A Suit That Fits (sponsored link) have come up with a new wheeze. Well, a very old one I suppose - the age of the detachable collar and cuff is back, it seems. In the olden days people used to freshen up their shirts by attaching fresh collars and cuffs, and didn't have to wash the whole shirt for a few days.
There are times when our ancestors' habits really start to make me pleased I wasn't around at the time. Men in particular - and this is within living memory, I'm only talking about the 1970s - would regard deodorant as something a bit girly or alien, it would go nowhere near them; a generation earlier, we're now reminded, they would change part of a shirt rather than the whole thing. Of course the climate has changed so during the summer in particular it's much hotter now than it would have been in the detachable days, This is the reason why I'm hoping the idea won't catch on as a means of saving on washing time and soap suds; we're a different generation, we're more aware of hygiene, oh sod it, we're cleaner, OK?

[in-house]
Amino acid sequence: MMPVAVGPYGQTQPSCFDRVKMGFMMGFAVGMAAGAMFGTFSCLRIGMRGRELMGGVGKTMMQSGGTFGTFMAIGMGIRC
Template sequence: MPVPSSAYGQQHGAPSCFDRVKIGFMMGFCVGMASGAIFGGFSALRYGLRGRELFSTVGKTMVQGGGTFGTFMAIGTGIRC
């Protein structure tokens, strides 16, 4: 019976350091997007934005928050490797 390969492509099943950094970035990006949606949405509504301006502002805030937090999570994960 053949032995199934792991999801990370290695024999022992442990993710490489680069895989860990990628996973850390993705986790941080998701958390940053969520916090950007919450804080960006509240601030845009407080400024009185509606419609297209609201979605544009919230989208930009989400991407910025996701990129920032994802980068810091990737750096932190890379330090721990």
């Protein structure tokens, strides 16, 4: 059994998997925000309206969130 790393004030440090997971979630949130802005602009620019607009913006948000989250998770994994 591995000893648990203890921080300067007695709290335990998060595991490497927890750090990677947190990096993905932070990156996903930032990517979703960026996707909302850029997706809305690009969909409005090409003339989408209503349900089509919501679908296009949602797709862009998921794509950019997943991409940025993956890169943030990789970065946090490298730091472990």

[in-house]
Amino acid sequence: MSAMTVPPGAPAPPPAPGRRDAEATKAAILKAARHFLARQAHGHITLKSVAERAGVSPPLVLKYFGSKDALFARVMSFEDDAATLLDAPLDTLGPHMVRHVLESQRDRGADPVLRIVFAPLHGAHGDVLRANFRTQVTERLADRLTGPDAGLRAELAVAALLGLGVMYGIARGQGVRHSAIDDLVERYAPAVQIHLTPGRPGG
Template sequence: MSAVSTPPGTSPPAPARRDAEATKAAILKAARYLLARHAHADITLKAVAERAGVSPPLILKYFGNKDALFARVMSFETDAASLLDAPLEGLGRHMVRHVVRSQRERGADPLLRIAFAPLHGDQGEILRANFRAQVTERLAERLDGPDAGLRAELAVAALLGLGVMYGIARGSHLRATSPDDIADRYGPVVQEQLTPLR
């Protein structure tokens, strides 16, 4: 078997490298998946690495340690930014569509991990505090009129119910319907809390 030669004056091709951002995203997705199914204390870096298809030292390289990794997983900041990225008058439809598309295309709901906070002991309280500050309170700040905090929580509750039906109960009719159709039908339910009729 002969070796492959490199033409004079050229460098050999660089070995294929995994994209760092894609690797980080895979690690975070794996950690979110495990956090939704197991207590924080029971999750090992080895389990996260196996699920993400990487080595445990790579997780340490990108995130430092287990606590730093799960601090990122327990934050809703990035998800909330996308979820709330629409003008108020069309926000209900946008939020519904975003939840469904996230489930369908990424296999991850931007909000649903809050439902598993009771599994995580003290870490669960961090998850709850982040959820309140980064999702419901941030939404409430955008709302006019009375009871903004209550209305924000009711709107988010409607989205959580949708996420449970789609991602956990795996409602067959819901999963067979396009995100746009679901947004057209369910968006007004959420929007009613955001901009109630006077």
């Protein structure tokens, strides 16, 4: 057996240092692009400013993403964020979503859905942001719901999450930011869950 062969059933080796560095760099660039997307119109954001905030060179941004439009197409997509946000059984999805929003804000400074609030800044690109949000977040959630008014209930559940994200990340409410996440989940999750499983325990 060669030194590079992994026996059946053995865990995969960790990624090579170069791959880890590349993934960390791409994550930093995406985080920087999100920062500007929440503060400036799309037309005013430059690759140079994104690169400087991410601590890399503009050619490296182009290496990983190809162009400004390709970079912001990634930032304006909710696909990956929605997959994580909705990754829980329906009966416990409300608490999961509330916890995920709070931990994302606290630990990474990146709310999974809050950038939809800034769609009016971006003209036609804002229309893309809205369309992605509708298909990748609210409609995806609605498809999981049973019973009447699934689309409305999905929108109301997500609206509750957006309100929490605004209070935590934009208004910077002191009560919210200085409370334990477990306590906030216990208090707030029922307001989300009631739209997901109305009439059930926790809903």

Where it's likely to score is in the multi-use stakes. I bought a shirt from these guys a little while ago with one of their three button high collars, just for a change. My wife informs me it's ghastly. If the detachable collar had been around at the time that would have been fine, I could simply have whipped it off and put something more classic on in its place. Likewise I have shirts of which I am very fond but which need cufflinks every time and the occasion's not always right (cufflinks and jeans is a very particular look to carry off, and whatever it takes I haven't got it). The ability to whip double cuffs off a clean shirt and put a single on with buttons instead could save my having to buy another shirt.
Prices are £80 for a shirt with detachable collar and cuffs, three shirts with five detachable collars and cuffs or five shirts with five collars for £285. If I didn't have more than enough shirts already I could be quite tempted by the middle option because of the choice you'd get. I do wonder, though, whether the market's going to welcome a move back to this sort of dressing.